Breaking the Cycle of Rat Infestation in Your Garden - Expert Tips from Archers Pest Control
Nothing spoils the enjoyment of afternoon tea in the garden quite like the discovery of little clawed footprints amongst your begonias or the sound of scuttling in the bushes. Rat infestations in outdoor spaces can seem like an impossible problem to solve, leaving your previously peaceful plot overrun by these resilient rodents.
However, with the right approach rats can be evicted from your garden and measures can be taken to ensure they do not return. In this post, we will share some of the most effective natural and humane methods for getting rid of rats outdoors. We will also provide tips on how to rat-proof vulnerable areas and maintain a rodent-free retreat that allows you to relax and enjoy your outdoor space rat-free.
How do you know if you have rats in the garden?
One of the first areas to check for signs of rats is waste disposal areas within your garden. These include bins, compost piles, pipes, and firewood stacks. Rats are known to scavenge for food during the day when they cannot access it at night. Therefore, signs such as small bite marks on wood or paper and misplaced or removed discarded food are often an indication that rats have been foraging.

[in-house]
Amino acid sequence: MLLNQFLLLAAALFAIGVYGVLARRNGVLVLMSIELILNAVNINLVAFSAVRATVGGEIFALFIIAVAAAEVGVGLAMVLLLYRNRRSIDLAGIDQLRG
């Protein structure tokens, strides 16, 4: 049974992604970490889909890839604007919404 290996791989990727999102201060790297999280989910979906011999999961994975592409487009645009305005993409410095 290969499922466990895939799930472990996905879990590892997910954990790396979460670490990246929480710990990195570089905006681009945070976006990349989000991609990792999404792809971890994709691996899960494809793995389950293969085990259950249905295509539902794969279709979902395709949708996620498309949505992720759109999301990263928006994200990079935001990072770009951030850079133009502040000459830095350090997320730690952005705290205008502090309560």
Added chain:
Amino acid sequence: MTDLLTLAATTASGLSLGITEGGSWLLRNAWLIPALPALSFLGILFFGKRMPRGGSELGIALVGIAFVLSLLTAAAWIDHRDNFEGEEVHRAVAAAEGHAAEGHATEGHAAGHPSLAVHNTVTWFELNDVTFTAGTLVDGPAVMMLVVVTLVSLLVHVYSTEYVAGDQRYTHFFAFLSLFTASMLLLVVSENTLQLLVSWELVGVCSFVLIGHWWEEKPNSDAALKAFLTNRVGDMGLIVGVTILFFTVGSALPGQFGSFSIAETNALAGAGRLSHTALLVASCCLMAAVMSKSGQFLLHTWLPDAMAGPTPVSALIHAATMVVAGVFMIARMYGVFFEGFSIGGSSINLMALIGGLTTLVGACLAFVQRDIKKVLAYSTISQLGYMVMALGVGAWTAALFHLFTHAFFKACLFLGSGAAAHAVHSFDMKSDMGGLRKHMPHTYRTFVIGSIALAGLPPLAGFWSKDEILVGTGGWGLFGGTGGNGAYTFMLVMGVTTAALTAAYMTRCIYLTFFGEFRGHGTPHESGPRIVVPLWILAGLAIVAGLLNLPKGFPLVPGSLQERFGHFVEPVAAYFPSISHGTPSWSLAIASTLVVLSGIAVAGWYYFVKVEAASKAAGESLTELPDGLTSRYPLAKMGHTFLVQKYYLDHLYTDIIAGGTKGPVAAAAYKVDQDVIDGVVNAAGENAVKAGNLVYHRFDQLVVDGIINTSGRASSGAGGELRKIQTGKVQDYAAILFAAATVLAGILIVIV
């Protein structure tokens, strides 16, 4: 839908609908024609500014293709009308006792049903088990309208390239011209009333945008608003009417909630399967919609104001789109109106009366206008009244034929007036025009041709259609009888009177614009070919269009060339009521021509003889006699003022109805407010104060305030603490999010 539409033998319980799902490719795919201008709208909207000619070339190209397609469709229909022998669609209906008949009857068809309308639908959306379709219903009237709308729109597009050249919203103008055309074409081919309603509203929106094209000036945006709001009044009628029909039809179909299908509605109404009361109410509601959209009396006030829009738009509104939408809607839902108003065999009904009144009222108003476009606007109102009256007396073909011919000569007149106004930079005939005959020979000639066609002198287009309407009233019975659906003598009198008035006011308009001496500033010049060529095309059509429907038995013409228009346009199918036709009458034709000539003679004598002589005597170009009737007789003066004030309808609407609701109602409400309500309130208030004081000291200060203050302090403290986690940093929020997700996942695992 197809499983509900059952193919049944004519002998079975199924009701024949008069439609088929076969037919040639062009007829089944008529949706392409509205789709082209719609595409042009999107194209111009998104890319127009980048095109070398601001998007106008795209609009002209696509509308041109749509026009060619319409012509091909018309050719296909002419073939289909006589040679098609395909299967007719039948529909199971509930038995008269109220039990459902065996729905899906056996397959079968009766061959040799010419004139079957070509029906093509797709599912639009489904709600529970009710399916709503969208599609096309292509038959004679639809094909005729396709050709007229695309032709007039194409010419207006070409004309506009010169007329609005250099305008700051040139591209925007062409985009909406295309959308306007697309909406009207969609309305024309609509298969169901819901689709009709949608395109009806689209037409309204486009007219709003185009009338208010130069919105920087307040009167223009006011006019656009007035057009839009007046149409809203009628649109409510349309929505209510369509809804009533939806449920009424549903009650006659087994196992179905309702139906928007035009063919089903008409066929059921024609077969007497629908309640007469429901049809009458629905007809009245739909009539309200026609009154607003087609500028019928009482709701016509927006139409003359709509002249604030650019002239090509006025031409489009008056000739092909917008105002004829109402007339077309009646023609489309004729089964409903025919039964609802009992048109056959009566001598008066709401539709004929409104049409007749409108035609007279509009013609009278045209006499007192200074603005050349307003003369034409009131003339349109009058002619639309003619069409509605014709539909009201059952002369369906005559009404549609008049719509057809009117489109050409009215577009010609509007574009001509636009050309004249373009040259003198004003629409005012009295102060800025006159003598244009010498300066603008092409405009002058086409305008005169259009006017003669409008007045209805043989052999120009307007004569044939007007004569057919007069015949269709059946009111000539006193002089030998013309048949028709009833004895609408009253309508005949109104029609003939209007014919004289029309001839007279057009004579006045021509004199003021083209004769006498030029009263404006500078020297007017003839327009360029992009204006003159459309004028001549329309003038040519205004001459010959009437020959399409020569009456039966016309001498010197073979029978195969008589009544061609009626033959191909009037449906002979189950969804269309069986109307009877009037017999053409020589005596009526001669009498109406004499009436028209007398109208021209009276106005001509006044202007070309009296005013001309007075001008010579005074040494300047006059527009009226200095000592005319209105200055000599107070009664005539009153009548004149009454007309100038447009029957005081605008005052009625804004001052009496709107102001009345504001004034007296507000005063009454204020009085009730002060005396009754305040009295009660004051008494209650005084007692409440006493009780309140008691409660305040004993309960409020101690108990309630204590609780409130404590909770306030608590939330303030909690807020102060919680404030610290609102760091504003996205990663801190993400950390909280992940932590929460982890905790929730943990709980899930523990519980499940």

In addition to identifying their food sources, it is also essential to look out for rat droppings. Rats tend to remain faithful to a particular path when looking for food. As such, these creatures mark their paths using their droppings, which are often moist when fresh. Furthermore, rats prefer to nest near their food sources, making it possible to locate them near areas such as rubbish bins.
Burrows and holes also provide hiding places for these rodents. They are usually located in isolated areas and near food sources. Therefore, once rats are suspected to be present, checking these areas should be a priority.
Furthermore, rat droppings can identify their existence. These droppings are cylindrical, 10 to 20mm long, flat on one end, and pointed on the other. Rats produce up to 40 droppings daily, making them easy to spot.